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wqrs attempts to locate QRS complexes in an ECG signal in the specified record. The detector algorithm is based on the length transform. The output of wqrs is an annotation file (with annotator name wqrs) in which all detected beats are labelled normal; the annotation file will also contain optional J-point annotations if the -j option (see below) is used.
wqrs can process records containing any number of signals, but it uses only one signal for QRS detection (signal 0 by default; this can be changed using the -s option, see below). wqrs is optimized for use with adult human ECGs. For other ECGs, it may be necessary to experiment with the sampling frequency as recorded in the input record’s header file (see header(5) ), the detector threshold (which can be set using the -m option), and the time constants indicated in the source file.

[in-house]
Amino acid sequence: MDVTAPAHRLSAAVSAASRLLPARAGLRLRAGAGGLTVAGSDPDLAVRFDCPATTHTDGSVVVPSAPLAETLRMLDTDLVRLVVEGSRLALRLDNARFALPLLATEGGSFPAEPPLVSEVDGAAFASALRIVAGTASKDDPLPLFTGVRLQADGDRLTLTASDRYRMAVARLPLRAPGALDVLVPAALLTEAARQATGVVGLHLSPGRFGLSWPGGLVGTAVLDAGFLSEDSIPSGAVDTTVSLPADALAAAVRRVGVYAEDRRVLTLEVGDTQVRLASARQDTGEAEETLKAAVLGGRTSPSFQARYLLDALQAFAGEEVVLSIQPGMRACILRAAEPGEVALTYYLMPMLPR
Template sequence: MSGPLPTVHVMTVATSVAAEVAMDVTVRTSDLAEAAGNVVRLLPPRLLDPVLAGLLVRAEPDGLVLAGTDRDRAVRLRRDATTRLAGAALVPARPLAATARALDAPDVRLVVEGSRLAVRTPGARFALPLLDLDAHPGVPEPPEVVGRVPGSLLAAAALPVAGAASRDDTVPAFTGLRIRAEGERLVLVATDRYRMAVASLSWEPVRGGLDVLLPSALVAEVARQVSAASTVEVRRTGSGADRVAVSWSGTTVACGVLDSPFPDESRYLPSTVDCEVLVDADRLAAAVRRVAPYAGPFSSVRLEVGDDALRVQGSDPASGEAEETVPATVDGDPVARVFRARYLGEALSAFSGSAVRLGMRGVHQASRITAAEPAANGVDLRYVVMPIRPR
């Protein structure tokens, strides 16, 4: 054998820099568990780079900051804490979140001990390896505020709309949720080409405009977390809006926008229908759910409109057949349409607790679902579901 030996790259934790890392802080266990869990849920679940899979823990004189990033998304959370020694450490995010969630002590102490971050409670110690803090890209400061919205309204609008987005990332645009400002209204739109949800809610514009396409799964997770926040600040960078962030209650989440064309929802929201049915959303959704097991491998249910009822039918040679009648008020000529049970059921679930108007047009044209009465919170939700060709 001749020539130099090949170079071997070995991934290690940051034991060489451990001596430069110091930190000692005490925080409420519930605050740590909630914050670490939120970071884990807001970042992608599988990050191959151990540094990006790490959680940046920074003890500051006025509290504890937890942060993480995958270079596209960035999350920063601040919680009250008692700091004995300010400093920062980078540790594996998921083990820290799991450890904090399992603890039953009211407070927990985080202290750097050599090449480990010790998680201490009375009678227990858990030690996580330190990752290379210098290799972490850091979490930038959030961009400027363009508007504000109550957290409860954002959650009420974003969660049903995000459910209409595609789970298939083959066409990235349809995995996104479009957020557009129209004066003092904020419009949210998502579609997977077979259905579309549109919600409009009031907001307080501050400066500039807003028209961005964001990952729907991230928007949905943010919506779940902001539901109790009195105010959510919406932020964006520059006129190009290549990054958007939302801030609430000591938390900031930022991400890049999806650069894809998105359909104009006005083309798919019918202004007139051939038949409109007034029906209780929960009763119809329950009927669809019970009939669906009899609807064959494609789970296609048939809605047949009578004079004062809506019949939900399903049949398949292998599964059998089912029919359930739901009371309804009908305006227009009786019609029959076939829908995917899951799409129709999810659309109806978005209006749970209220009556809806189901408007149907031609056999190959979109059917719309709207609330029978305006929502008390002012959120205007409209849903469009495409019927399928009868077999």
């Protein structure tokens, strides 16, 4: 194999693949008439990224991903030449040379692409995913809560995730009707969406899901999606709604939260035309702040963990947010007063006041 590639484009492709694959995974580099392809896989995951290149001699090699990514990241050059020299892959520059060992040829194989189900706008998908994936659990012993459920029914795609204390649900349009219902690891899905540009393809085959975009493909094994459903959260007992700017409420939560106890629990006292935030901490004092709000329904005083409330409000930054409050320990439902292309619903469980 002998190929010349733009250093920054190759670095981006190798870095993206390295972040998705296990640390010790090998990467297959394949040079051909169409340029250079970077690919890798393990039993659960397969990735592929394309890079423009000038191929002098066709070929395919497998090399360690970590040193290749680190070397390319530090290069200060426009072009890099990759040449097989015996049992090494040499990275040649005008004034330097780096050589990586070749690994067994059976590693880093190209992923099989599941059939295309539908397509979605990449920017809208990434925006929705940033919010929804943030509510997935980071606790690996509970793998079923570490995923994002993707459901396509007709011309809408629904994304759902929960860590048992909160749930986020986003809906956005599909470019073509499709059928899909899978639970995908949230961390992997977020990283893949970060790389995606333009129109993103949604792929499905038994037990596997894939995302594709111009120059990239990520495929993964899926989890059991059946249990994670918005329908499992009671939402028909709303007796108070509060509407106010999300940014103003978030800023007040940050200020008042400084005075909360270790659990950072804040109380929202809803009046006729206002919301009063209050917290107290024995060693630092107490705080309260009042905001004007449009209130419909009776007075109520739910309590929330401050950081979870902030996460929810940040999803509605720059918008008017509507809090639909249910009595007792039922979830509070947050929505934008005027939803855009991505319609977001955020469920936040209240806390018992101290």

wqrs optionally uses the WFDB library’s setifreq function to resample the input signal at 120 or 150 Hz (depending on the mains frequency, which can be specified using the -p option). wqrs performs well using input sampled at a range of rates up to 360 Hz and possibly higher rates, but it has been designed and tested to work best on signals sampled at 120 or 150 Hz.
It may be necessary to set and export the shell variable WFDB (see setwfdb(1) ).
To mark QRS complexes
in record 100 beginning 5 minutes from the start, ending 10 minutes and
35 seconds from the start, and using signal 1, use the command:
wqrs -r 100 -f 5:0 -t 10:35 -s 1
The output annotations may be read using (for example):
rdann -a wqrs -r 100
To evaluate the performance of this program, run it on the entire record,
wqrs -r 100
and then compare its output with the reference annotations by:
bxb -r 100 -a atr wqrs
Zong W, Moody GB, and Jiang D. A robust open-source algorithm to detect onset and duration of QRS complexes. Computers in Cardiology 30:737-740 (2003).
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Updated 8 March 2019